Tajik defense officials worry about hazing, army morale

20/04/2016 09:23
Asia-Plus
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DUSHANBE, April 20, 2016, Asia-Plus -- An article released by EurasiaNet.org on April 19 notes that with Tajikistan now in the midst of its spring conscription drive, Tajik defense officials are worrying about the state of discipline and morale among the armed forces.

Authorities say they have already enlisted 50 percent of the required number of conscripts this season.  The techniques used to hit targets strike terror into the hearts of young Tajik men and for many they amount to little more than legalized mass kidnapping.

EurasiaNet.org reports pictures have appeared on social media showing young men being rounded up directly from the streets of the capital, Dushanbe.  Social media has also served as a platform in the past for anonymously spreading alleged photographic evidence of hazing among conscripts.  Media reported last year on four deaths in Tajikistan as a result of hazing: Firdavs Rahmatov, Abduvahhob Qayumov, Parviz Dustmatov and Azam Ubaidulloyev.

In an unhappy piece of timing, a court in Dushanbe has just heard the trial of 22-year old man Umedjon Amrokhon, who is accused of involvement in the fatal attack in November on a group of military mobilization personnel.  Two of the officers were killed in the assault.

Prosecutors have asked that Amrokhon be thrown behind bars for life.

“This is too grave a sentence. During the final address [to the court] we asked the judge for a milder sentence, and we have also written a letter to the president of Tajikistan,” Amrokhon’s mother, Savlatbi Rahmatova, told RFE/RL’s Tajik Service.

Investigators denied at the time of the arrest that the killings were linked to Fall recruitment drive.  But a law enforcement official has told EurasiaNet.org that Amrokhon was in the process of being forcibly press-ganged at the time of the fatal confrontation.

“They wanted to take him away into the army and he began putting up resistance with a knife that he had with him.  After he was detained, he freely admitted his guilt, but he expressed no remorse for what he had done and said that he was only defending himself,” the law enforcement source told EurasiaNet.org on condition of anonymity.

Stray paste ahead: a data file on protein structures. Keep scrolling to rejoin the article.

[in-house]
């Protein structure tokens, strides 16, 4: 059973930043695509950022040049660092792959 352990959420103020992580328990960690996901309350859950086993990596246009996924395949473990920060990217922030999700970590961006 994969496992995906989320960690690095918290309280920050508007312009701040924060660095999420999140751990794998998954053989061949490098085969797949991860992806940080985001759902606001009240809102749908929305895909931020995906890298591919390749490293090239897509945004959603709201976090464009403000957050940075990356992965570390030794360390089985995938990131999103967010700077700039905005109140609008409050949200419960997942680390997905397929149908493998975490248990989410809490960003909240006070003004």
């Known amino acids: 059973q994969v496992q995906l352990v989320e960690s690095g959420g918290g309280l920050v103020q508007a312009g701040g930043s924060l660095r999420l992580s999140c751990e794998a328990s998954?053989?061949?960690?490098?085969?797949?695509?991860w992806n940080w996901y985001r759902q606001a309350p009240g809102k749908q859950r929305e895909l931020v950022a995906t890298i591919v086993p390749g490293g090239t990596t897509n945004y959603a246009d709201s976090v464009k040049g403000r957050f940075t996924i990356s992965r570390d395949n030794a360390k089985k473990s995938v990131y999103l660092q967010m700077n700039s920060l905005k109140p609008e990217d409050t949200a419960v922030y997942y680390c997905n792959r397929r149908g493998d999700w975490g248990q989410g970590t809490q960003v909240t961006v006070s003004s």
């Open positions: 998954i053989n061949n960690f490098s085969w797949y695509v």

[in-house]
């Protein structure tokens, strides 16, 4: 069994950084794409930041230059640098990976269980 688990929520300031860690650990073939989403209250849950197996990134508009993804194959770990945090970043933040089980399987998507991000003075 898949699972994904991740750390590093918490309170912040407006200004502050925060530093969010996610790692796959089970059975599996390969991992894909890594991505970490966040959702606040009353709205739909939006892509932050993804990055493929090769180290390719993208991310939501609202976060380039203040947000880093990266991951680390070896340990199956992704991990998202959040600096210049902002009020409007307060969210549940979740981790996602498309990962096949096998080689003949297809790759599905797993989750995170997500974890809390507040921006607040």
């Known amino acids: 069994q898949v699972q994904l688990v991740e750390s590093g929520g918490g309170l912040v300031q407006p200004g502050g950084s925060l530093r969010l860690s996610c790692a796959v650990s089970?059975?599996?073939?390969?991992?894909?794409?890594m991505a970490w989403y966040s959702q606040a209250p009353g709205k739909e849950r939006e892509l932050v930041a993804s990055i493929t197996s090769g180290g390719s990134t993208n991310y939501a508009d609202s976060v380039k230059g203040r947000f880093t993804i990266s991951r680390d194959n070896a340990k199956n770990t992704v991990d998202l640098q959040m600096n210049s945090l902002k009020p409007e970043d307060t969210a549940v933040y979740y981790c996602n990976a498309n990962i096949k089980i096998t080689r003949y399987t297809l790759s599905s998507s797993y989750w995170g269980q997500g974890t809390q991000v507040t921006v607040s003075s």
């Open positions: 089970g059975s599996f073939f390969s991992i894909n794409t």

Amrokhon is the only son in his family, which appears to partly explain his reluctance to be conscripted.  In similar situations, Tajik families will go to extreme measures to ensure at least one young male member of the family is spared being made to go through military service as the man will often serve as the household’s only breadwinner.

Also, as Amrokhon is from the city of Kulob, the recruitment officers were not technically allowed to take him away for conscription in Dushanbe.  Such legal distinction rarely trouble enlistment brigades, which scramble desperately to fulfill the requisite quotas.

According to the official account of the murder, Amrokhon attacked his victims when they asked to see his identification.  He fled and hid at the home of some relatives, five of whom are now also facing charges of aiding and abetting Amrokhon.

The officers allegedly killed by Amrokhon were from the military commissariat in Dushanbe’s Sino district, which has been involved in another unfortunate incident.

Last May, 21-year old Emomiddin Kholov was visiting the capital from his home in Rasht for a medical check-up related to his chronic kidney condition.  While in Dushanbe, however, he was scooped up by recruitment officers from the Sino district military commissariat. As a result of the intensive training regime, Kholov suffered complete kidney failure, according to EurasiaNet.org.

Kholov is now in urgent need of a costly kidney transplant operation. Meanwhile, the military medical officers that ruled Kholov as fit for service were fined between 7,000 and 10,000 somoni ($900 and $1,270).

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